business man interviewing a women

Avoid conducting a bad interview

Georgia Lane client, clients, interview...

It’s not always a candidate’s fault when a job interview goes south. Hiring managers can also be to blame! Some hiring managers see the interview process as a waste of their valuable time, while others treat it as a casual chit-chat or more often than not enter an interview with the view of ‘winging it’.

Having such approaches are not only unsuccessful but also lead to the candidate believing they’ve had a negative experience which in turn could damage your companies brand/reputation and decrease the chance of a successful offer to an individual you thought was the perfect fit.

We’ve seen this many times over the years and it all comes down to some hiring managers believing an interview is a one-sided process – where it’s solely down to the candidate to impress them.

Wrong!

While you're interviewing them, they're interviewing you! Yes, an interview is about you, the hiring manager, finding the best talent for your company but at the end of the day, it's down to the candidate if they wish to join you over another. 

I'll give you a scenario; 

A candidate has received two job offers that are equal in hours, money and position from two similar companies of equal size and reputation. They have to decide which company they would like to join. How do they choose? 

Believe it or not, we've experienced scenarios such as this in our time and the choice is difficult for the candidate. Often when offers are so similar it's the small things that will, in the end, sway their decision. So, you don’t want your interview conduct to be the small negative influence that in turn loses you that perfect candidate.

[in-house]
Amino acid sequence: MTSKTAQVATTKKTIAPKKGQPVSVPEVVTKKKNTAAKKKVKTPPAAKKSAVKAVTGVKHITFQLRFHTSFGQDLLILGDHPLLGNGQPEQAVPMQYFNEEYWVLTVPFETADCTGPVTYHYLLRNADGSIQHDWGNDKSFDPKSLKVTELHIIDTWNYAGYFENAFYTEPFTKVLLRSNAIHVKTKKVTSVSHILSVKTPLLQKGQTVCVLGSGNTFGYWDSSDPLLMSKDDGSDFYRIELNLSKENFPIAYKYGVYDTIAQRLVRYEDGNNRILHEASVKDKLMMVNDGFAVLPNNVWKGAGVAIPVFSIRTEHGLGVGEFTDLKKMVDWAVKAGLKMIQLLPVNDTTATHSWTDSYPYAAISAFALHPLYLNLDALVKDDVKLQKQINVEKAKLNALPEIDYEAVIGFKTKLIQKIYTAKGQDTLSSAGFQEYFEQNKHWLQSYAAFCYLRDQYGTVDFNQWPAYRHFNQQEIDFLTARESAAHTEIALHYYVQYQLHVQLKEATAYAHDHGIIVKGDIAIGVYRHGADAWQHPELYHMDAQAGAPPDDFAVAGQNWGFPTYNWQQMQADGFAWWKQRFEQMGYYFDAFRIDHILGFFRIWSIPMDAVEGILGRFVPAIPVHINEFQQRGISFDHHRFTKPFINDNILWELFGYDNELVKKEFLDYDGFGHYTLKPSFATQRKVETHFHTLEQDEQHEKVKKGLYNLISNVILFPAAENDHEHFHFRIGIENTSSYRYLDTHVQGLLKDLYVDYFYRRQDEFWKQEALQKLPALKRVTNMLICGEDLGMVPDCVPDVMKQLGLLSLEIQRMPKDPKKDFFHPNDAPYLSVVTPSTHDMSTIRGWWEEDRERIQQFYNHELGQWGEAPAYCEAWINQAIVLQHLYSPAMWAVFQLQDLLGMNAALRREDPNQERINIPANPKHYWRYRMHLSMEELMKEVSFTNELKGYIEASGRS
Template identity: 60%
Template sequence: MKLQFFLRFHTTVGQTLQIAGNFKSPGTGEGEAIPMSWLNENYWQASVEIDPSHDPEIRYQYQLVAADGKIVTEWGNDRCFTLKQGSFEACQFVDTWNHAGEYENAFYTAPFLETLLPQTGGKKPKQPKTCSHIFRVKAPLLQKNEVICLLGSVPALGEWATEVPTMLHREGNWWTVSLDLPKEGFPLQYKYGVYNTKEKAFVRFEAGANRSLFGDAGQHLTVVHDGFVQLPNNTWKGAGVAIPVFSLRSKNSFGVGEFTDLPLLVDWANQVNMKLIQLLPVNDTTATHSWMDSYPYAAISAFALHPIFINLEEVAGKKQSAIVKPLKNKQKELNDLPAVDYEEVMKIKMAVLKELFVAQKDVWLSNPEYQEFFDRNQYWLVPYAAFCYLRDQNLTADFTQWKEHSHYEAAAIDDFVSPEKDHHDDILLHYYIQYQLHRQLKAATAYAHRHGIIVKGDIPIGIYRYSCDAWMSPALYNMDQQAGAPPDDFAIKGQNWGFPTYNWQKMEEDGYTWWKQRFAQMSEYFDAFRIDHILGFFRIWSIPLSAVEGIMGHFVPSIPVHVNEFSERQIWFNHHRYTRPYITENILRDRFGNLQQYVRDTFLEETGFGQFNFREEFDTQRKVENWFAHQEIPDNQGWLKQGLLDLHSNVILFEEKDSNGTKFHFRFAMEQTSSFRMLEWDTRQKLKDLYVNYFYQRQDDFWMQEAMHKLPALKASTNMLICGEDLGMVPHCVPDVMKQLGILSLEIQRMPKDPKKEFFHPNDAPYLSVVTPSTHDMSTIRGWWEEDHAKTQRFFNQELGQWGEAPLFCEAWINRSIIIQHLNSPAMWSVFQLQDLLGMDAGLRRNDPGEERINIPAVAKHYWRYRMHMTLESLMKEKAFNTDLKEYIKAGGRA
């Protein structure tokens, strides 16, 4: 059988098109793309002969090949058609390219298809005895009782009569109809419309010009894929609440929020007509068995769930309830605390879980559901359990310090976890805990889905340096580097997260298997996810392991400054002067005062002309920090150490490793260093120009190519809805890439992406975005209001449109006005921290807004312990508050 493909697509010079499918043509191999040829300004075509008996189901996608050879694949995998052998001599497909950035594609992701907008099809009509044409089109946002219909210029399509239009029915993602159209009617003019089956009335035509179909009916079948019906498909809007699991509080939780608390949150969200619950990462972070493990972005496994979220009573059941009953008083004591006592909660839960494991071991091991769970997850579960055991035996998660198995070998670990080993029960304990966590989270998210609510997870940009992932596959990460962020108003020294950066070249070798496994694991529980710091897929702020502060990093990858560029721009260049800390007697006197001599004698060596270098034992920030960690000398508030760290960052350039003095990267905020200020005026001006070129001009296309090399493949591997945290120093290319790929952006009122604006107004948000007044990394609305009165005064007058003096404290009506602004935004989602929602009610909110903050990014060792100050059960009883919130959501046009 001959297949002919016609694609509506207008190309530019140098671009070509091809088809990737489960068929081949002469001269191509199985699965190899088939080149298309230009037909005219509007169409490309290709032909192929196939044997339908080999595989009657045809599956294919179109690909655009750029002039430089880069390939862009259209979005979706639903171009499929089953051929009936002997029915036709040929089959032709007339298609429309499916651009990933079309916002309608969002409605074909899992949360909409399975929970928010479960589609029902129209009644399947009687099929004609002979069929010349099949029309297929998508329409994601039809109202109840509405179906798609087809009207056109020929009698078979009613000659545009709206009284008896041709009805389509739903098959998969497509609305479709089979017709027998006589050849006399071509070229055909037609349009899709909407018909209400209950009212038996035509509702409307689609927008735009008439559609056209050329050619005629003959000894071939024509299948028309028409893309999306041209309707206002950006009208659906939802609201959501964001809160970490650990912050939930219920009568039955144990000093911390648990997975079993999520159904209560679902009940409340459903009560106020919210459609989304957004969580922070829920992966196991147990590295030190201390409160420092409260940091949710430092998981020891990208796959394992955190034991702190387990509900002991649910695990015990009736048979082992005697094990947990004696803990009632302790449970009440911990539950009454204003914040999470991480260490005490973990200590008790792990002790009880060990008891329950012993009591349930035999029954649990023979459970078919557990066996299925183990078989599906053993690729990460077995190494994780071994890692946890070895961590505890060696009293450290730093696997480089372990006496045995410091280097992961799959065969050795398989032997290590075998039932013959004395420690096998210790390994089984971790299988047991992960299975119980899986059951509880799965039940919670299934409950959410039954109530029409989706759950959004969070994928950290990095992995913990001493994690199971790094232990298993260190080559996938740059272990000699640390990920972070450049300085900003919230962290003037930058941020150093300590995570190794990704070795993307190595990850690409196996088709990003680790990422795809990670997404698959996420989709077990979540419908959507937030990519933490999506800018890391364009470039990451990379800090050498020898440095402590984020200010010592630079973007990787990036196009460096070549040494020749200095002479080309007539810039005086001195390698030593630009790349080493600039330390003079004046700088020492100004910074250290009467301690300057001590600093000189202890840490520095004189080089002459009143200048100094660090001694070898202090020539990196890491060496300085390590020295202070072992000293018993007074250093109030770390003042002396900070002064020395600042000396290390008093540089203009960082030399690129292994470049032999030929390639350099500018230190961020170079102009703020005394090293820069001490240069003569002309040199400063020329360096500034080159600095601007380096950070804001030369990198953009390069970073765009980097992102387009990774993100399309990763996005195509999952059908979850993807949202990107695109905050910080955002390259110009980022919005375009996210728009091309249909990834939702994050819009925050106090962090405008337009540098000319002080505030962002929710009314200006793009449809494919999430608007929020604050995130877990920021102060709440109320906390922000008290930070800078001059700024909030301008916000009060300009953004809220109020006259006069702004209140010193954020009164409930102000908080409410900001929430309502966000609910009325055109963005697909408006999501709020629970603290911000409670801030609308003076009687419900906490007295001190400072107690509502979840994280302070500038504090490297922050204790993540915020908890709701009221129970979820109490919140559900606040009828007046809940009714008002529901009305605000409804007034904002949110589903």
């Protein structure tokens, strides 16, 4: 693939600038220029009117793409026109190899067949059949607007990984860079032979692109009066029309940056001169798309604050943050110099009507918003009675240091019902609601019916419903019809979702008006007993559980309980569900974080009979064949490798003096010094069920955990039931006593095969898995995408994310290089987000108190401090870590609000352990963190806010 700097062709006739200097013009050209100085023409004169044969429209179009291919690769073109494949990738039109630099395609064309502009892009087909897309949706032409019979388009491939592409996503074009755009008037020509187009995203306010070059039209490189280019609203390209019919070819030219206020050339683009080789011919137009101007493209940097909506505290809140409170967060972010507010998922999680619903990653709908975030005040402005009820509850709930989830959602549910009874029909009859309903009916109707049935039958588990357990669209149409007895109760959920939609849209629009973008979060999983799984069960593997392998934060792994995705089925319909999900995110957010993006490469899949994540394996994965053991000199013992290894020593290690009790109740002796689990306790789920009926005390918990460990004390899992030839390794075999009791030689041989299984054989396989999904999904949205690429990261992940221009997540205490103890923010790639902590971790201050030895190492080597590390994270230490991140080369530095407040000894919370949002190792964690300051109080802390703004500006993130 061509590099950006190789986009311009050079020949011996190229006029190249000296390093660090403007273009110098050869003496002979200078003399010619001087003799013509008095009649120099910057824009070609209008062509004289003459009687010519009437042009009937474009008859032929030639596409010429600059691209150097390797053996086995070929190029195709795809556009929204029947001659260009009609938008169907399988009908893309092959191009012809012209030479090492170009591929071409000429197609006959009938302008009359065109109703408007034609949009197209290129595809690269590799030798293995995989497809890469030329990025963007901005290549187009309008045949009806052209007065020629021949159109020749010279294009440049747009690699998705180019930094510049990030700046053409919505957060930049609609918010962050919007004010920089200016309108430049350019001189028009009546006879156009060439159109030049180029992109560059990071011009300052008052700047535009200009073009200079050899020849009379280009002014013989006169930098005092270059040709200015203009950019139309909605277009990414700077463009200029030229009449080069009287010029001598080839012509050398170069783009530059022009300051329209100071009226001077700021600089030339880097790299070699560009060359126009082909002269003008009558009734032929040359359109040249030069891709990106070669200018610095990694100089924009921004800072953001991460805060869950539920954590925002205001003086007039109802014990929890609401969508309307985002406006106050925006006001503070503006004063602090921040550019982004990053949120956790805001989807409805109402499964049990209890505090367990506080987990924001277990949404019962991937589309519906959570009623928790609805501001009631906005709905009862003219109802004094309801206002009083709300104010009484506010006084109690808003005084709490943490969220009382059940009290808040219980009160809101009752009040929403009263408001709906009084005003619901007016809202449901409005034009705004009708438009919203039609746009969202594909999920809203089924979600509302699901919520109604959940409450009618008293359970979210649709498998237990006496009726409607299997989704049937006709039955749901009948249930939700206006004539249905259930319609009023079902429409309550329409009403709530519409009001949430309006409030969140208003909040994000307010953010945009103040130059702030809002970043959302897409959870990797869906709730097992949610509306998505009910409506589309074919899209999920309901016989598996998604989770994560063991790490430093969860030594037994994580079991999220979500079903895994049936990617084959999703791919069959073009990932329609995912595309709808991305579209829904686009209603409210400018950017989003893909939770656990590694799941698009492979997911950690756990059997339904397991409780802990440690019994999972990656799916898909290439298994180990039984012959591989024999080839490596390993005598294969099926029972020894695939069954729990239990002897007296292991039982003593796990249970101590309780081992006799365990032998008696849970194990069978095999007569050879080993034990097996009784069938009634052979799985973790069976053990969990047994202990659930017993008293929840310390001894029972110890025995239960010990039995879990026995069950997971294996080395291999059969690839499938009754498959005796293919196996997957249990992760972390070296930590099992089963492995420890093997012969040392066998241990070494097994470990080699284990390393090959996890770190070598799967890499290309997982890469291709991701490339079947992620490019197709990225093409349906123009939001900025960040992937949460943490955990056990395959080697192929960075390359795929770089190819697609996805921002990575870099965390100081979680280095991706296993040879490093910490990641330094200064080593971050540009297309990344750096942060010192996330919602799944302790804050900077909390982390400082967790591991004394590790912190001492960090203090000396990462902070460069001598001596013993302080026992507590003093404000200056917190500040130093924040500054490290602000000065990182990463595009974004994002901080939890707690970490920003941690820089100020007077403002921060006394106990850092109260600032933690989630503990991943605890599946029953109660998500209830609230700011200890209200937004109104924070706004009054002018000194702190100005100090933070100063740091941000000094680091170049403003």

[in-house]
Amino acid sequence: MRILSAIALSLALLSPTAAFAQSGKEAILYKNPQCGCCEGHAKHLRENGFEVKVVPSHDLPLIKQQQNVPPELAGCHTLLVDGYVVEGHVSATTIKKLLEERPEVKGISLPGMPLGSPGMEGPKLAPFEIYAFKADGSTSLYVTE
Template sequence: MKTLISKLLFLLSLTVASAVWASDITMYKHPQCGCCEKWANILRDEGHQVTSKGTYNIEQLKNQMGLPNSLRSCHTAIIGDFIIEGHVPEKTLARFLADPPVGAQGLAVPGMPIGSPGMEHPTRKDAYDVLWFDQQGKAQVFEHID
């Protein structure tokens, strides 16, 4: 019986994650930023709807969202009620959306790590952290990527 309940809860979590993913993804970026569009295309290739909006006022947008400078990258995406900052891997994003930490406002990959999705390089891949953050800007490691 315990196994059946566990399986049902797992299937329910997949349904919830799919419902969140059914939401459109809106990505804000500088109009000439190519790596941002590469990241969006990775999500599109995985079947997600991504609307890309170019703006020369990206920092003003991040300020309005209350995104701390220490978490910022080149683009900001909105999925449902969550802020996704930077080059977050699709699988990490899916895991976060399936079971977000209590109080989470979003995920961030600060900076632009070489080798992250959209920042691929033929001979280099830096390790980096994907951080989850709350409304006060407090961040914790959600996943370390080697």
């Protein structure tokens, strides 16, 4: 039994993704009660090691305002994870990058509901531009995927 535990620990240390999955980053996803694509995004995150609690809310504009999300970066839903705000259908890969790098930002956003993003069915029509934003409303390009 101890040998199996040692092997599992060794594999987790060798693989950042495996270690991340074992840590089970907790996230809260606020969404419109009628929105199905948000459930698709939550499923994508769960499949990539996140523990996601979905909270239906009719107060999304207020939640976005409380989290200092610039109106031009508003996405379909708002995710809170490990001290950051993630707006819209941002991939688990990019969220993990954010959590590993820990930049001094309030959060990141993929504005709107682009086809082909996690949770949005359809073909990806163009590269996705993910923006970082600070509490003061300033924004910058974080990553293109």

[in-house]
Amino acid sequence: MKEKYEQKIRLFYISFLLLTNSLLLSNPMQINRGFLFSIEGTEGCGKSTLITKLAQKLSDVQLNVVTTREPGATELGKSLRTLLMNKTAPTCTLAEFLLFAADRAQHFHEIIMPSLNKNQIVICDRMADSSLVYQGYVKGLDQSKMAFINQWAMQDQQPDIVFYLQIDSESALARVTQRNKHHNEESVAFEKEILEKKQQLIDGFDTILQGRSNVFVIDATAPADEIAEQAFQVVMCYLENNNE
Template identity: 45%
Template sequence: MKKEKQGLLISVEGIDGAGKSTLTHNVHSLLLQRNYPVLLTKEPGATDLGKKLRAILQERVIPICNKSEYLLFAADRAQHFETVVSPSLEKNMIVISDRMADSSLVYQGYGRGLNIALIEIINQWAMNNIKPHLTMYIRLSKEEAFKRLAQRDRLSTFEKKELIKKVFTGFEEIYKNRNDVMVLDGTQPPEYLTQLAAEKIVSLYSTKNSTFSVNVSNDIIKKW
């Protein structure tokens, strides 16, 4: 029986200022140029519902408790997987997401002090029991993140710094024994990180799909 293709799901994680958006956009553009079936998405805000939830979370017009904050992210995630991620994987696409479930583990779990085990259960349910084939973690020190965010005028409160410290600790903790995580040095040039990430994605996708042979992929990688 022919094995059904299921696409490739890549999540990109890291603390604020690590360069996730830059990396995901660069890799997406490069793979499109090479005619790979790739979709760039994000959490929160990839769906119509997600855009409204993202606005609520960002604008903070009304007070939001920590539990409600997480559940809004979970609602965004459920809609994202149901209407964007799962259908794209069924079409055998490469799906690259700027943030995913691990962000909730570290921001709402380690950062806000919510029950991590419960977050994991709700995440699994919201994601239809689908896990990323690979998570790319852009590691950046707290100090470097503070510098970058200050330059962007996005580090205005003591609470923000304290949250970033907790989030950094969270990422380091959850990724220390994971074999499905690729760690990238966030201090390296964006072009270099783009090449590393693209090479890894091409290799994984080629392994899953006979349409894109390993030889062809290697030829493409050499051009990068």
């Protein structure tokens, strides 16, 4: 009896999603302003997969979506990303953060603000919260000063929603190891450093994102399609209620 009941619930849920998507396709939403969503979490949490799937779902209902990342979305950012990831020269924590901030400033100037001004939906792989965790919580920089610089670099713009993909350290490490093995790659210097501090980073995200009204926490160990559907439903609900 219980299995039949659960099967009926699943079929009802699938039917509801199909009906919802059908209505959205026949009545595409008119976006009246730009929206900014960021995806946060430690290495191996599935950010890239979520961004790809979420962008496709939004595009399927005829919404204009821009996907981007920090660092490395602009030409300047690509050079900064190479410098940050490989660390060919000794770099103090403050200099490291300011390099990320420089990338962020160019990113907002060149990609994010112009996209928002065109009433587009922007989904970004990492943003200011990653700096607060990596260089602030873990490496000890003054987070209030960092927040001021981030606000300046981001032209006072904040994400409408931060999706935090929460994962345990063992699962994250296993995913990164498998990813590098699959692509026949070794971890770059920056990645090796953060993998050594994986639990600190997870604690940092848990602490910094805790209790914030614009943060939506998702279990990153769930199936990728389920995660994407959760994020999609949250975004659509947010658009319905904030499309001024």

So, when your next conducting an interview ensure that you take into consideration these few tips:

Preparation

Often candidates are asked to prep for interviews by getting a list of questions together, researching the company and dressing to impress.  It shouldn’t be any different for hiring managers.

Ensuring that you have a copy of a candidate’s CV and a prepared list of questions that are not only relevant to the job but to the candidate’s work, history/experience will help guide both you and the candidate through an interview smoothly. While showing that you're an organized and professional organisation. 

Being engaged in the conversation

You wouldn’t appreciate a candidate looking at their phone or checking their watch every five minutes while your speaking to them. So, you shouldn't do it to them either. 

You can’t effectively interview someone if you’re not paying attention to what they're saying. Being engaged in a conversation will ensure that you get the very best out of the interview and the candidate themselves, enabling you to make an informed decision in the end. 

Language

Whilst you may want to come across relaxed when interviewing, it is essential that you keep professional. You would expect the candidate you are interviewing to remain polite and careful with their choice of words, and as a hiring manager, the candidate would expect the same from you.

It is not uncommon for clients to say something rude or even swear throughout the interview process, which has resulted in experienced candidates who were keen on the opportunity subsequently losing interest in the position available 

If you want to secure the best available candidates,  it is imperative you impress them as much as they impress you. Be prepared, stay professional and engaging.